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Power Paradox: Seizing Control to Give It Away


Editor’s Note: This post is the first in a new series looking into the inner workings and complex bilateral relationships of the United States, China and India – which contain two-fifths of the world’s population and two-fifths of its GDP.

When Xi Jinping arrived in Gujarat on Wednesday, the world’s two largest nations began a meeting noteworthy in two regards – somewhat in tension with one another.

On the one hand, the meeting symbolized the return of strongmen at the helm of Asia’s giant nations.  In 2013 China’s Xi Jinping effectively consolidated power, after a decade of internal divisions in China’s leadership. And in May 2014, Narendra Modi’s electoral landslide produced the first single-party parliamentary majority in India in over thirty years.  Both China and India seem willing, again, to experiment with a more top-down, streamlined approach to governing—wiping away decades of creeping decentralization and drift.

That also seems to contradict the noteworthy selection of Gujarat for the meeting.  To understand Modi’s vision for India, you must understand it from the “inside out.”  Modi’s bottom-up, local economic success in Gujarat will be the model for success in the rest of India – just as it was the engine of Chinese economic growth in the last two decades.

Yet it is also possible that the rise of strongmen and the persistent importance of local governments could be compatible with one another—or to modify F. Scott Fitzgerald’s famous statement, “The test of a first-rate leader is the ability to hold two opposing ideas in mind at the same time and still retain the ability to function.” Xi Jinping and Narendra Modi ostensibly embody powerful centralized leadership, but if they are to accomplish great things for their countries, they will need to effectively channel local government — indeed, even working to foster local innovation and autonomy.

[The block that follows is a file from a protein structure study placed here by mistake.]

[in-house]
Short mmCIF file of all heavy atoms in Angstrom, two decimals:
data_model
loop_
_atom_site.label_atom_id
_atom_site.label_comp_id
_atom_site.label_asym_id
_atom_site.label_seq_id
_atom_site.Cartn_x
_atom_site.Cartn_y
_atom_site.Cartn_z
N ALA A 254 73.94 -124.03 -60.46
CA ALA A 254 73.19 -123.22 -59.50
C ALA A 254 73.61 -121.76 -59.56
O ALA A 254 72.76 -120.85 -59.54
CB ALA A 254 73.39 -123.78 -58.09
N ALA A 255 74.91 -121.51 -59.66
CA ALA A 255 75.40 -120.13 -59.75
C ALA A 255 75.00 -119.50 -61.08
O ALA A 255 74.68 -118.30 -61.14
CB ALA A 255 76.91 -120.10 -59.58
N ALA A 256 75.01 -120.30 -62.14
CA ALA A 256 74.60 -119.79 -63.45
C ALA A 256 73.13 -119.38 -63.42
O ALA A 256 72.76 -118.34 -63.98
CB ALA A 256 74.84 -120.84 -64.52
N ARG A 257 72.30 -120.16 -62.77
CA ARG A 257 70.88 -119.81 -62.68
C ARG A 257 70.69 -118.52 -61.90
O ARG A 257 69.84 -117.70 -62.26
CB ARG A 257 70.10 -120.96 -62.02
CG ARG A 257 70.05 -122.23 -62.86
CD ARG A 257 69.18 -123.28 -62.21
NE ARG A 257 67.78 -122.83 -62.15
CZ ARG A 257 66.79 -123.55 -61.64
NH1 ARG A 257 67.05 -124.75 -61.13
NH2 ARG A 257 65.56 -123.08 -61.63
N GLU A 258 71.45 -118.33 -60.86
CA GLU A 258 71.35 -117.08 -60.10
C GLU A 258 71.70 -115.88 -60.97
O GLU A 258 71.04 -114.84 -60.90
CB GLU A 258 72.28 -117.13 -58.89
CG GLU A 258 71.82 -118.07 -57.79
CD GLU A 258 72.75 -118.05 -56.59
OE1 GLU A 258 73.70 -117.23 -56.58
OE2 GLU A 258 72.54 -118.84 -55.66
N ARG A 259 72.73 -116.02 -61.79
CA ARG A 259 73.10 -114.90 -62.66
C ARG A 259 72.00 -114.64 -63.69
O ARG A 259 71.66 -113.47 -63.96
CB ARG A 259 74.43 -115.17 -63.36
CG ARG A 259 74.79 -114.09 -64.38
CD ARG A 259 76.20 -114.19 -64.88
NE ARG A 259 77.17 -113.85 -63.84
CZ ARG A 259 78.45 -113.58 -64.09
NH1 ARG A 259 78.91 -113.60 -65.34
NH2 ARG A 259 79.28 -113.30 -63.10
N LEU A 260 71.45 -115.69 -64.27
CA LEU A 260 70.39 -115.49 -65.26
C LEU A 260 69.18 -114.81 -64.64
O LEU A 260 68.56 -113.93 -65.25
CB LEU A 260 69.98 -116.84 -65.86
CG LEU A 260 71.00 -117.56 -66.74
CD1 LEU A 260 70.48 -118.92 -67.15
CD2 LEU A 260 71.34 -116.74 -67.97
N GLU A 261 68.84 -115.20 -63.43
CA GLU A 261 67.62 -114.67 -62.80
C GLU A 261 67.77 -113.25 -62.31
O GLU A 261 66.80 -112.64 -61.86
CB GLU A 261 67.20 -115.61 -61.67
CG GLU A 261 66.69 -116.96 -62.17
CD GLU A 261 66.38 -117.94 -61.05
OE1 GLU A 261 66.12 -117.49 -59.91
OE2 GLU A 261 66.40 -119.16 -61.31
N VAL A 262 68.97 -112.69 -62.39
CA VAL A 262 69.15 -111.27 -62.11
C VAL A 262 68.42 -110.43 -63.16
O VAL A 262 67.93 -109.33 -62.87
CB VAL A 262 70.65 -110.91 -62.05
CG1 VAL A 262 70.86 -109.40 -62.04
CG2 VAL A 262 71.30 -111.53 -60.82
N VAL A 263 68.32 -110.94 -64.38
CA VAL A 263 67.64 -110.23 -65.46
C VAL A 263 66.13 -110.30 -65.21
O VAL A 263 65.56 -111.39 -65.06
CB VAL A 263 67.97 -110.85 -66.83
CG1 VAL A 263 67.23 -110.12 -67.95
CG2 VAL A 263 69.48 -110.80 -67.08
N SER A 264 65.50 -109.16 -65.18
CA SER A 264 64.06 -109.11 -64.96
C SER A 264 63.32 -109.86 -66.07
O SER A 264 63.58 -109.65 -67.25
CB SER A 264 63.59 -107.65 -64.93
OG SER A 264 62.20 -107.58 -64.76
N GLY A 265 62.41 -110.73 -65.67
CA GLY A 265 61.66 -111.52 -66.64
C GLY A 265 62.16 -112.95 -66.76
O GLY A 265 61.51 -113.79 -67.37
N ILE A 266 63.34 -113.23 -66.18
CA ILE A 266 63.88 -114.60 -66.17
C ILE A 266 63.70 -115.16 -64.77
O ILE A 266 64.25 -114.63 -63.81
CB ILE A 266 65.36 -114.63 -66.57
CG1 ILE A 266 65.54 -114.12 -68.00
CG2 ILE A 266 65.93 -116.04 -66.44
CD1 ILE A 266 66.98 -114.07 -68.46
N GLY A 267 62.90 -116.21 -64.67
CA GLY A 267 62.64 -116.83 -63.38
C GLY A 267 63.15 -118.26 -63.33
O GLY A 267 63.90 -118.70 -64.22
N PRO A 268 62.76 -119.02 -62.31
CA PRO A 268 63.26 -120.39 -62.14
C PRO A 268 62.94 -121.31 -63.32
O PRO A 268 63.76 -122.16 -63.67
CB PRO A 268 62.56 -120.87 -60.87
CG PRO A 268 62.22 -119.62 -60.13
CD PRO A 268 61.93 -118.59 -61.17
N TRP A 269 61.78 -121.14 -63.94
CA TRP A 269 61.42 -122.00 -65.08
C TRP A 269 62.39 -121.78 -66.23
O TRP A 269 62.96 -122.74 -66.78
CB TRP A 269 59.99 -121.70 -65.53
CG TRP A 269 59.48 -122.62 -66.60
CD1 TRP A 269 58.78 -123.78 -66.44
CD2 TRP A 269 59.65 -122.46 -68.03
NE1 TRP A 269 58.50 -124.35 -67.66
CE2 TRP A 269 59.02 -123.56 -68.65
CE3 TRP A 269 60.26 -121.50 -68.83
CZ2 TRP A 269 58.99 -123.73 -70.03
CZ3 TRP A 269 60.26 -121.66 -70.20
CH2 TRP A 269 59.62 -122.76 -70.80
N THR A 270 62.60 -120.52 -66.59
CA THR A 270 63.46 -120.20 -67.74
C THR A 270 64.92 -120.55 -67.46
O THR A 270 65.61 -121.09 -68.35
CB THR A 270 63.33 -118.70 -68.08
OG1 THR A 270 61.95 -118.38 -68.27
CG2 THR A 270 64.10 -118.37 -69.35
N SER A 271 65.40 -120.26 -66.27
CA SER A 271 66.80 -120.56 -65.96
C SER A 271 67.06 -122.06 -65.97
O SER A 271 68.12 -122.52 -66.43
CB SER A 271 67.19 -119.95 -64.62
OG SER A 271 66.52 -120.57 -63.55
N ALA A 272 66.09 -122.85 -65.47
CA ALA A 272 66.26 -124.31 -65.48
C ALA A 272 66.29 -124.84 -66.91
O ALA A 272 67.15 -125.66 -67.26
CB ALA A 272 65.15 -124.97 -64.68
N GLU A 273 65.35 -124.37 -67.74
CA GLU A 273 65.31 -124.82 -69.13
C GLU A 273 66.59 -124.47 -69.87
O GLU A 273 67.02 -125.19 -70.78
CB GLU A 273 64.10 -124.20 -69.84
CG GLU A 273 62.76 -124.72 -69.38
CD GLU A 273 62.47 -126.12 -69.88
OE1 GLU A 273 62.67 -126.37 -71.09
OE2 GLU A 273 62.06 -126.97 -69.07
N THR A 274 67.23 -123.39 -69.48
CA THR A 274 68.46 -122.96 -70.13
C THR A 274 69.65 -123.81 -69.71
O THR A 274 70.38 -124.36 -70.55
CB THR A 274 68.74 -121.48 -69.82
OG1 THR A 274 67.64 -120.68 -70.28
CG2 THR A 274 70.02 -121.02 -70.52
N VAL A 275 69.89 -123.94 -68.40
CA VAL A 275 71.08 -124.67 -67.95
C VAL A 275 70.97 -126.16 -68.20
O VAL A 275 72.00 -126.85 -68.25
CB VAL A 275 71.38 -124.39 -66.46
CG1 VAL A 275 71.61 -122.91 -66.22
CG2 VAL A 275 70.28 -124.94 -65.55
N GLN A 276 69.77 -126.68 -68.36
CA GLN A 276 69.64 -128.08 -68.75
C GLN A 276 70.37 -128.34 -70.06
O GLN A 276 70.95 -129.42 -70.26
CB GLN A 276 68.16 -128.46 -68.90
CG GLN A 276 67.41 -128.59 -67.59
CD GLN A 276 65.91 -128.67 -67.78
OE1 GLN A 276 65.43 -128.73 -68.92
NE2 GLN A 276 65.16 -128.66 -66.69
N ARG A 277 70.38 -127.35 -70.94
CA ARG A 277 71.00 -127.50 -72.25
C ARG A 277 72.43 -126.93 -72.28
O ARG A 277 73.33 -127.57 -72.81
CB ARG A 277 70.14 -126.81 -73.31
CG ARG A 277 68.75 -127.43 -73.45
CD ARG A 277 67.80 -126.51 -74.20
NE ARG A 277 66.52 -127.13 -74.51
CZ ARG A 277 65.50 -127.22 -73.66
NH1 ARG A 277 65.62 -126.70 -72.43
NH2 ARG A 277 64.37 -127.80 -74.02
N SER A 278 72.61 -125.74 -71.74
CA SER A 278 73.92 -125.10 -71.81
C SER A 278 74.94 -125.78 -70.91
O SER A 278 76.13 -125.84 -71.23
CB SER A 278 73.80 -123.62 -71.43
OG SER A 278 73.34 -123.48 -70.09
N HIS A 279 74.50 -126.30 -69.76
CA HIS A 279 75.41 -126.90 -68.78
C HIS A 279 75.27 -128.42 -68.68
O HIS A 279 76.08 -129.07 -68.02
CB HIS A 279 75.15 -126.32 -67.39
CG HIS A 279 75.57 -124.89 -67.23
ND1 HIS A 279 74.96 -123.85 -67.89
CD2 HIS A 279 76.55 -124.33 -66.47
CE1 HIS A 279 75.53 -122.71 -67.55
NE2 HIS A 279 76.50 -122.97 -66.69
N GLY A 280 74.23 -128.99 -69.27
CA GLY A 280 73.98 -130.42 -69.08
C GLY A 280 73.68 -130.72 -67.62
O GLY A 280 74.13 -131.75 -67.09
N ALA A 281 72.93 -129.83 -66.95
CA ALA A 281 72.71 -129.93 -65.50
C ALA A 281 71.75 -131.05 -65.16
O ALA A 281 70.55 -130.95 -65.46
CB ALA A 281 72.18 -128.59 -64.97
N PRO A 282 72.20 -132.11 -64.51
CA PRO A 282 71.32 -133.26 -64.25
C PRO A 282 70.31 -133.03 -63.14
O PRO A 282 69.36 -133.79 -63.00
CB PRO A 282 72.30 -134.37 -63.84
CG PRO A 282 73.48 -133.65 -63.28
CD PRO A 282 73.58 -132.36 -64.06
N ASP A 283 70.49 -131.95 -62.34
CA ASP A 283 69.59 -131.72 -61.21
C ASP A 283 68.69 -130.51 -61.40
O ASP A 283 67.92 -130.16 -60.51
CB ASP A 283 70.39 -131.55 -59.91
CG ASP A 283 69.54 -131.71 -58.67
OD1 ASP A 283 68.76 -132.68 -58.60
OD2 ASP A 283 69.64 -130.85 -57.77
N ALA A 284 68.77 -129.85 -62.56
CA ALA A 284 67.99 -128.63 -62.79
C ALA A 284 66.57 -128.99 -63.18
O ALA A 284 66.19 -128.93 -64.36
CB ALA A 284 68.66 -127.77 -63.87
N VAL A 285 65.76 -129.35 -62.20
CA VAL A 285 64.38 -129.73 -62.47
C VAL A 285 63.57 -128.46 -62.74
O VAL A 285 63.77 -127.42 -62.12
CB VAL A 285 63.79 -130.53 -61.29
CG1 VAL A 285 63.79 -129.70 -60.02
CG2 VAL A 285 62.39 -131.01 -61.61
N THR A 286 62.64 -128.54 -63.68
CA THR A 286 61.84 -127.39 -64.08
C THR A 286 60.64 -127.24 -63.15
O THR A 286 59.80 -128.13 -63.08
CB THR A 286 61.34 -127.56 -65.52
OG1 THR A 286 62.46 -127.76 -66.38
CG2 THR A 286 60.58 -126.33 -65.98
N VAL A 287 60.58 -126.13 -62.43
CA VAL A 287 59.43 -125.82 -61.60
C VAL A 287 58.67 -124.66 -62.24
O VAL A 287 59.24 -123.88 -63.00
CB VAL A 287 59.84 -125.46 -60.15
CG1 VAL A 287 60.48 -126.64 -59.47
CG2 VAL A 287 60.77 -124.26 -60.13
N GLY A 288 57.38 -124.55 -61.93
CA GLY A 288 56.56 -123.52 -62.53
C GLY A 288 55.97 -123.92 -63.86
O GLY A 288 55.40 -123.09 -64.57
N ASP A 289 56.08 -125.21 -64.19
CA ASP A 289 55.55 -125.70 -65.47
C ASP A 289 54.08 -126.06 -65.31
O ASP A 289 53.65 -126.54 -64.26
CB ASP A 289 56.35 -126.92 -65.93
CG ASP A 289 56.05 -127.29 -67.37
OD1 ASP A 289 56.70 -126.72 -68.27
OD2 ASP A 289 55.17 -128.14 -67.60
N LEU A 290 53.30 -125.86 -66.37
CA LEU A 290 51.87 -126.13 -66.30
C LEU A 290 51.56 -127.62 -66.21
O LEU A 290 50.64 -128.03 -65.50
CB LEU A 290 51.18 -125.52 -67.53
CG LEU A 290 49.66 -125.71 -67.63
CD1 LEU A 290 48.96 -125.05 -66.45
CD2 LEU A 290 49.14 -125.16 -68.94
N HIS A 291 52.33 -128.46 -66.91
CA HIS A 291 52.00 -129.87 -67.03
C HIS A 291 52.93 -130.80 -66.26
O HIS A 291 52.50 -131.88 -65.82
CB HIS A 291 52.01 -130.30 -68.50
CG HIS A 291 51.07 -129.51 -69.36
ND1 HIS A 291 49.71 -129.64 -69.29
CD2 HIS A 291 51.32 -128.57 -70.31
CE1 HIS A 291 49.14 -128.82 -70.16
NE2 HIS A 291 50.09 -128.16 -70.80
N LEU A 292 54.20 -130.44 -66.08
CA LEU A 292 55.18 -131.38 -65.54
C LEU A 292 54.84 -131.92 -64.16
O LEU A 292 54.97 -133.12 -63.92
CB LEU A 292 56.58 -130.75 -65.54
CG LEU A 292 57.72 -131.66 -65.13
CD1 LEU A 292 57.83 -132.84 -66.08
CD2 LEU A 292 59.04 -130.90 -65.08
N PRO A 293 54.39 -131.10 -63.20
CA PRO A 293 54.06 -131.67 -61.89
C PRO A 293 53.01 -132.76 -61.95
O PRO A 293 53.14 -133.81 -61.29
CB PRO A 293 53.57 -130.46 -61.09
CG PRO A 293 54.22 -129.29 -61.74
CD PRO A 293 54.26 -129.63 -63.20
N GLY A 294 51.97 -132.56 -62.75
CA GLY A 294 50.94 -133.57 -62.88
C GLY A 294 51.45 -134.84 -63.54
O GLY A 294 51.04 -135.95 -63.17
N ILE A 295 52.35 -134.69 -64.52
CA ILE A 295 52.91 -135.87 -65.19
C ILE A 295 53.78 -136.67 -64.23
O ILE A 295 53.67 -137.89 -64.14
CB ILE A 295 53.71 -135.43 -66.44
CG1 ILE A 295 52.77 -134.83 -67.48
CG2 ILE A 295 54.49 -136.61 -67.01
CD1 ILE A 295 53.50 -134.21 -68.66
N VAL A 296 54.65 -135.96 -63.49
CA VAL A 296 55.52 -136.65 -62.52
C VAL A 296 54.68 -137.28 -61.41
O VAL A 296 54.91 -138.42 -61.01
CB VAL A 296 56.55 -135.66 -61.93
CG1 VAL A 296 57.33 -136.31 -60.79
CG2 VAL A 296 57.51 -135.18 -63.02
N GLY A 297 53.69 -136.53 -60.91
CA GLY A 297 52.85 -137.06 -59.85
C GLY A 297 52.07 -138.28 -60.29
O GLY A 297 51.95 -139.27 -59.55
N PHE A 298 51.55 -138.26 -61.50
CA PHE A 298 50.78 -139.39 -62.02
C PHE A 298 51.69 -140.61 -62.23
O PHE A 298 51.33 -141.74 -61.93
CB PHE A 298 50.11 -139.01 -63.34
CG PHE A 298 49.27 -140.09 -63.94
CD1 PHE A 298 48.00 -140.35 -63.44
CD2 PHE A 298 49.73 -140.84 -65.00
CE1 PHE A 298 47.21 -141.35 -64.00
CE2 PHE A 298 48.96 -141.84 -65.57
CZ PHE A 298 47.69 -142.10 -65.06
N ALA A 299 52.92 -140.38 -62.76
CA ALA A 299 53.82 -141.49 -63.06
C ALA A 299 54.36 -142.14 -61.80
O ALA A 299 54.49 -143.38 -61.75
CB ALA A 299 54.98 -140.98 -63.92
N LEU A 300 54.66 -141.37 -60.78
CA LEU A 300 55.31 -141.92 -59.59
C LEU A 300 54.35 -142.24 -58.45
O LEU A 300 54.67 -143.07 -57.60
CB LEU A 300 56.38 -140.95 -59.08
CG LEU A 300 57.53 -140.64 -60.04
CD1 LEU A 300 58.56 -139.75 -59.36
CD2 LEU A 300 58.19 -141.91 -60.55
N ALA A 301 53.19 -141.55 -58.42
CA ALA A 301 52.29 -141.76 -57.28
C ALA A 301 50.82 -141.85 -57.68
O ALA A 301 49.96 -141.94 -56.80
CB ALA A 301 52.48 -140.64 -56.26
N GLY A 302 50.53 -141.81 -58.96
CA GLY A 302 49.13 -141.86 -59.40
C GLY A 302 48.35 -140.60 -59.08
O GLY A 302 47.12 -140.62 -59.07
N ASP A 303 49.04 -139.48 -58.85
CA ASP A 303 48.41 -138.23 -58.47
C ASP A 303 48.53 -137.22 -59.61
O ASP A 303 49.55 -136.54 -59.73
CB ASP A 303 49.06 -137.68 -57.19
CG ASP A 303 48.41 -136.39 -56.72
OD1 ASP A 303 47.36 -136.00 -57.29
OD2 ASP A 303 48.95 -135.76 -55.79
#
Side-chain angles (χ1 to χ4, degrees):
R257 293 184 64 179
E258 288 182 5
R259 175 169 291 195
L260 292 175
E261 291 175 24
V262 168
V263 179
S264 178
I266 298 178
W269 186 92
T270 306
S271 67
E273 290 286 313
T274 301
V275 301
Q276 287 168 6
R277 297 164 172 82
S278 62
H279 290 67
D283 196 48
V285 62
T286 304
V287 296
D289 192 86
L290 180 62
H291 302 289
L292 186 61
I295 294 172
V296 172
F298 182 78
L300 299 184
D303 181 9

The paradox of power in both India and China is that central governments must selectively give away power, yielding economic freedom to the private sector and political responsibility and accountability to localities.  This applies to most complex multilayered systems, particularly ones as massive as India and China. 

The fact that both Xi Jinping and Narendra Modi have been local leaders will help.  Both men know this.  Both know that steering out of an economic skid means getting traction from the power of the private sector—and reducing the role of government in the economy.  Both men know that they will have to share power more effectively with massive states and provinces as well as with megacities and other local governments.  Indeed, Modi and Xi both used local political autonomy to unleash local economic dynamism.  And both are currently in the process of renegotiating the compact that connects them to far-flung states and provinces. 

Getting that negotiation right is also important if either leader wants to address a wider range of challenges.  Vexing problems such air and water pollution, housing shortages, migrant workers, and endemic corruption all require effective local governments.  So do global challenges, such as attracting foreign investment, exporting goods and services, and fighting climate change.